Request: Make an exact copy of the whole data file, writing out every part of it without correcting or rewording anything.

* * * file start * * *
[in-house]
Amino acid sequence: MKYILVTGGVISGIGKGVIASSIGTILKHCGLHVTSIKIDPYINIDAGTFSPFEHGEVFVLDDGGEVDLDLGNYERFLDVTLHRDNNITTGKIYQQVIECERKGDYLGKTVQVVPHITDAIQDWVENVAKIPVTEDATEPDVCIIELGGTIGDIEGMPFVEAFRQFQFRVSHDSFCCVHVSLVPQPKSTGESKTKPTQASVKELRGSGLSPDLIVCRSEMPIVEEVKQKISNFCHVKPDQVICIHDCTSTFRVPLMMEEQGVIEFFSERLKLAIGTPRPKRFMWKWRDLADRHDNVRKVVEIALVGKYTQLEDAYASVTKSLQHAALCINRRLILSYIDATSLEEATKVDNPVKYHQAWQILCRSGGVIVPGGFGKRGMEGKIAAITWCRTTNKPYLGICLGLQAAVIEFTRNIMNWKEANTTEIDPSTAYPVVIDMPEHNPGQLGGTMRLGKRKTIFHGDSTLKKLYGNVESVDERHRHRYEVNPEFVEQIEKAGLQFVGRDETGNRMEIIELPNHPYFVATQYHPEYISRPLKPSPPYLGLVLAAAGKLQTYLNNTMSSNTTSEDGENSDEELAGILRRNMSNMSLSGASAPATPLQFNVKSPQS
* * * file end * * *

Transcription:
[in-house]
Amino acid sequence: MKYILVTGGVISGIGKGVIASSIGTILKHCGLHVTSIKIDPYINIDAGTFSPFEHGEVFVLDDGGEVDLDLGNYERFLDVTLHRDNNITTGKIYQQVIECERKGDYLGKTVQVVPHITDAIQDWVENVAKIPVTEDATEPDVCIIELGGTIGDIEGMPFVEAFRQFQFRVSHDSFCCVHVSLVPQPKSTGESKTKPTQASVKELRGSGLSPDLIVCRSEMPIVEEVKQKISNFCHVKPDQVICIHDCTSTFRVPLMMEEQGVIEFFSERLKLAIGTPRPKRFMWKWRDLADRHDNVRKVVEIALVGKYTQLEDAYASVTKSLQHAALCINRRLILSYIDATSLEEATKVDNPVKYHQAWQILCRSGGVIVPGGFGKRGMEGKIAAITWCRTTNKPYLGICLGLQAAVIEFTRNIMNWKEANTTEIDPSTAYPVVIDMPEHNPGQLGGTMRLGKRKTIFHGDSTLKKLYGNVESVDERHRHRYEVNPEFVEQIEKAGLQFVGRDETGNRMEIIELPNHPYFVATQYHPEYISRPLKPSPPYLGLVLAAAGKLQTYLNNTMSSNTTSEDGENSDEELAGILRRNMSNMSLSGASAPATPLQFNVKSPQS